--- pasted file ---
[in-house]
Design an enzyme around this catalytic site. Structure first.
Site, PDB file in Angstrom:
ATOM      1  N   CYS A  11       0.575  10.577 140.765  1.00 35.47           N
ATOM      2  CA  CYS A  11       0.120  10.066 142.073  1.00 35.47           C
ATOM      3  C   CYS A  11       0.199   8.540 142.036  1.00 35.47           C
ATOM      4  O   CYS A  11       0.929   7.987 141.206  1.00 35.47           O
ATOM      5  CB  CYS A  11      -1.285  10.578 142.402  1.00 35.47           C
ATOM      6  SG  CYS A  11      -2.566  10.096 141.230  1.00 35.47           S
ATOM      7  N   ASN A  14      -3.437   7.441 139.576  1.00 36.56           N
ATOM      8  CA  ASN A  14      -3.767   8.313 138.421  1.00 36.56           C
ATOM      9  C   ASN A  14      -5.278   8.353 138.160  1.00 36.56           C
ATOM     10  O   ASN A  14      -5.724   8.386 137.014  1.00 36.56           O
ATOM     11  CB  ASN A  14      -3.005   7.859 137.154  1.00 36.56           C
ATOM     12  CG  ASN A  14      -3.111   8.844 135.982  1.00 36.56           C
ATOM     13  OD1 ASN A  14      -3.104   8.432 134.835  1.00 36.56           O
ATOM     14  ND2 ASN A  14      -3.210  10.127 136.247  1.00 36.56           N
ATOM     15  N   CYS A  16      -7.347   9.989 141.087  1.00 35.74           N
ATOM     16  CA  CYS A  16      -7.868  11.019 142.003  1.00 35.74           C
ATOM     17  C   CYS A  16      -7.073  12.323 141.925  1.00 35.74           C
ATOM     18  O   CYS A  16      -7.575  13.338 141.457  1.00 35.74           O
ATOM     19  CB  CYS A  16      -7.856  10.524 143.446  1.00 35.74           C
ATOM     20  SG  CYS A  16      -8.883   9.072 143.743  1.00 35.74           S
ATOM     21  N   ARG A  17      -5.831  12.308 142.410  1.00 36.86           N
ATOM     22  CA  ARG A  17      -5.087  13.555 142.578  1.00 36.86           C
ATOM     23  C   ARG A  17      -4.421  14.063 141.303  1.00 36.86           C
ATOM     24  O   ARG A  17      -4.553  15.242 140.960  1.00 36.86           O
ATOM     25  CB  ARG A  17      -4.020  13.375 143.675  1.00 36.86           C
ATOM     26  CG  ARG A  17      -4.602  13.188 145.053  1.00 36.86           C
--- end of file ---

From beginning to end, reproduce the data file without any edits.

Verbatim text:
[in-house]
Design an enzyme around this catalytic site. Structure first.
Site, PDB file in Angstrom:
ATOM      1  N   CYS A  11       0.575  10.577 140.765  1.00 35.47           N
ATOM      2  CA  CYS A  11       0.120  10.066 142.073  1.00 35.47           C
ATOM      3  C   CYS A  11       0.199   8.540 142.036  1.00 35.47           C
ATOM      4  O   CYS A  11       0.929   7.987 141.206  1.00 35.47           O
ATOM      5  CB  CYS A  11      -1.285  10.578 142.402  1.00 35.47           C
ATOM      6  SG  CYS A  11      -2.566  10.096 141.230  1.00 35.47           S
ATOM      7  N   ASN A  14      -3.437   7.441 139.576  1.00 36.56           N
ATOM      8  CA  ASN A  14      -3.767   8.313 138.421  1.00 36.56           C
ATOM      9  C   ASN A  14      -5.278   8.353 138.160  1.00 36.56           C
ATOM     10  O   ASN A  14      -5.724   8.386 137.014  1.00 36.56           O
ATOM     11  CB  ASN A  14      -3.005   7.859 137.154  1.00 36.56           C
ATOM     12  CG  ASN A  14      -3.111   8.844 135.982  1.00 36.56           C
ATOM     13  OD1 ASN A  14      -3.104   8.432 134.835  1.00 36.56           O
ATOM     14  ND2 ASN A  14      -3.210  10.127 136.247  1.00 36.56           N
ATOM     15  N   CYS A  16      -7.347   9.989 141.087  1.00 35.74           N
ATOM     16  CA  CYS A  16      -7.868  11.019 142.003  1.00 35.74           C
ATOM     17  C   CYS A  16      -7.073  12.323 141.925  1.00 35.74           C
ATOM     18  O   CYS A  16      -7.575  13.338 141.457  1.00 35.74           O
ATOM     19  CB  CYS A  16      -7.856  10.524 143.446  1.00 35.74           C
ATOM     20  SG  CYS A  16      -8.883   9.072 143.743  1.00 35.74           S
ATOM     21  N   ARG A  17      -5.831  12.308 142.410  1.00 36.86           N
ATOM     22  CA  ARG A  17      -5.087  13.555 142.578  1.00 36.86           C
ATOM     23  C   ARG A  17      -4.421  14.063 141.303  1.00 36.86           C
ATOM     24  O   ARG A  17      -4.553  15.242 140.960  1.00 36.86           O
ATOM     25  CB  ARG A  17      -4.020  13.375 143.675  1.00 36.86           C
ATOM     26  CG  ARG A  17      -4.602  13.188 145.053  1.00 36.86           C